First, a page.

New Music From The Old And New Guard
Pop Culture Detours – By George McGowan
Over the last month I’ve seen a pattern in my music consumption, a little bit of “old guard” and a little bit of “new guard.” But first, an appreciation: I can’t underestimate the influence that the music of Tom Petty has had on me. For someone of my age, who really took to the first “new wave” music competing for FM radio airtime, as well as the more classic rock of my older brothers’ generation, Tom Petty was an artist I could love unabashedly and not be scorned for it. And once I learned he was from good old Gainesville, FLA, that just cemented it. There are so many great Petty tunes that I could fill up this entire 500 word column just listing them. I am so happy to have seen Tom Petty and the Heartbreakers in their prime, at the old O-rena, absolutely one of the few arena shows of which I have fond memories. Tom could make a cavernous place feel so intimate and so vital. I will miss him, he was taken too soon.
OK, now some “old guard” music to liven up your November. First up, Robert Plant. The former Led Zeppelin lead singer has continued his prolific post-rock career. He has a wonderful new band, the The Sensational Space Shifters, and a great new album, “Carry Fire.” Plant is an artist who continually challenges himself and his listeners and due to his great talent, always seems to deliver. A matching “new guard” musician who might intrigue fans of Plant is named Chris Price. His latest album, “Stop Talking” is a stunner for a sophomore effort. I’ll let Paste magazine’s Craig Dorfman state it: “Drawing from a well of pop knowledge, Price constructs melodies that are both sure and unexpected. Every song has a whiff of the familiar, but where an ordinary tune would turn right, Price’s turn left, and just like that, he’s widened the domain of pop songwriting.” High praise, but it seems earned to me.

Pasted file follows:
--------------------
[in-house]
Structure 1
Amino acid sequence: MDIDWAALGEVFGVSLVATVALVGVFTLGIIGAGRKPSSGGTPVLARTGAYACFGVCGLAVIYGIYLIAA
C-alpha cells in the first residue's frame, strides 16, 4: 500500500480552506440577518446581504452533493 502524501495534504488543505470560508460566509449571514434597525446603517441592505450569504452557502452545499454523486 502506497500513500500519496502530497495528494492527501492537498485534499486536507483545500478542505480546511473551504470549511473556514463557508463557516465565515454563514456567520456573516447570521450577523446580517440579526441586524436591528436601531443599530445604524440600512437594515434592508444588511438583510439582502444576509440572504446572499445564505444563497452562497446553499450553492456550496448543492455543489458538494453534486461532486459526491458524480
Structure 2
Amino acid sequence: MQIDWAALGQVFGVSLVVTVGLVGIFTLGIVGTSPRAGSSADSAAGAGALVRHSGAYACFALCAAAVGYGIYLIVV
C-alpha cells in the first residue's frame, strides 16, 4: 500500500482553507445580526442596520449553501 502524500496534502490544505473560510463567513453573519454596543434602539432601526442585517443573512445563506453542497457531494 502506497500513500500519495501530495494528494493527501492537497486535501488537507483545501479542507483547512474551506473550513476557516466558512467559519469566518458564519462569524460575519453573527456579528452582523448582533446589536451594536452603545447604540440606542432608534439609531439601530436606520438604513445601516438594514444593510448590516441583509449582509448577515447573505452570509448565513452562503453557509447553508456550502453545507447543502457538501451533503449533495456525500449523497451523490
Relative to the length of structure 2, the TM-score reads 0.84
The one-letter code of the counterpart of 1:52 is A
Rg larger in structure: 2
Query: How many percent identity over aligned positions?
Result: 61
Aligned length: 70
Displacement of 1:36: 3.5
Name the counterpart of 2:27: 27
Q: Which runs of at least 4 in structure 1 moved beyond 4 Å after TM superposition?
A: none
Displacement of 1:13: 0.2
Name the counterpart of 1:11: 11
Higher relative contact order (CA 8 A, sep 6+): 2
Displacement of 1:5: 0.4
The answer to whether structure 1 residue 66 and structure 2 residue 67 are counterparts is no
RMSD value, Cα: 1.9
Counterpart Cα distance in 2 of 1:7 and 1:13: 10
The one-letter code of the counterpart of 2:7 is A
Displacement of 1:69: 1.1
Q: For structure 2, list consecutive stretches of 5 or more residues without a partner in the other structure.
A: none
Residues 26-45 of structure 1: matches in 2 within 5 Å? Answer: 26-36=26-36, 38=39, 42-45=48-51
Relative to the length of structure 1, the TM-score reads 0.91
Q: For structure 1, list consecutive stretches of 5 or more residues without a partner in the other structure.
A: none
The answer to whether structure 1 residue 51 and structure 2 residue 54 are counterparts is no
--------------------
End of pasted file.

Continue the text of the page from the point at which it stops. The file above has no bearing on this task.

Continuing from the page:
Now, a brief intermission. I would like to recommend a new guard band that is actually made up of some of the old guard. Filthy Friends is a side-project for Peter Buck (of R.E.M.) and Corin Tucker (of Sleater-Kinney). They joined with some other alumni of the new wave scene for the new band and have released a debut album, “Invitation.” It is not earth-shaking by any means but a nice, finely executed, rock record. Fans of these old guardians should enjoy it.
Back to the old guard. St. Vincent is one of my favorite acts and I have written about the band (which consists of just one member – Annie Clark) in this space before. St. Vincent has a new album, “MASSEDUCTION” (yes, in all caps, unfortunately), which is poised to break big as it is her most “pop” sounding record yet. I’ll listen to anything by St. Vincent at least once and I’ve enjoyed this one but I would say it is not her best. Not enough guitar for me, and Annie Clark is an excellent guitarist. The subject matter of the songs does seem more direct but I’d prefer the lyrics paired with some more driving sounds. A new guard band, another one with a name but it is essentially a one-woman show, is Japanese Breakfast, the project of Philadelphia musician Michelle Zauner. Her sound is much like St. Vincent but I hear more experimentation with her sound, which it pains me to say since St. Vincent is certainly somewhat experimental and thrives with that sound.
Final musical thoughts for the month: I like but do not love the new Beck album, “Colors.” Same goes for the new one from Kurt Vile and Courtney Barnett, “Lotta Sea Lice.” But they might be something you will want to check out anyway!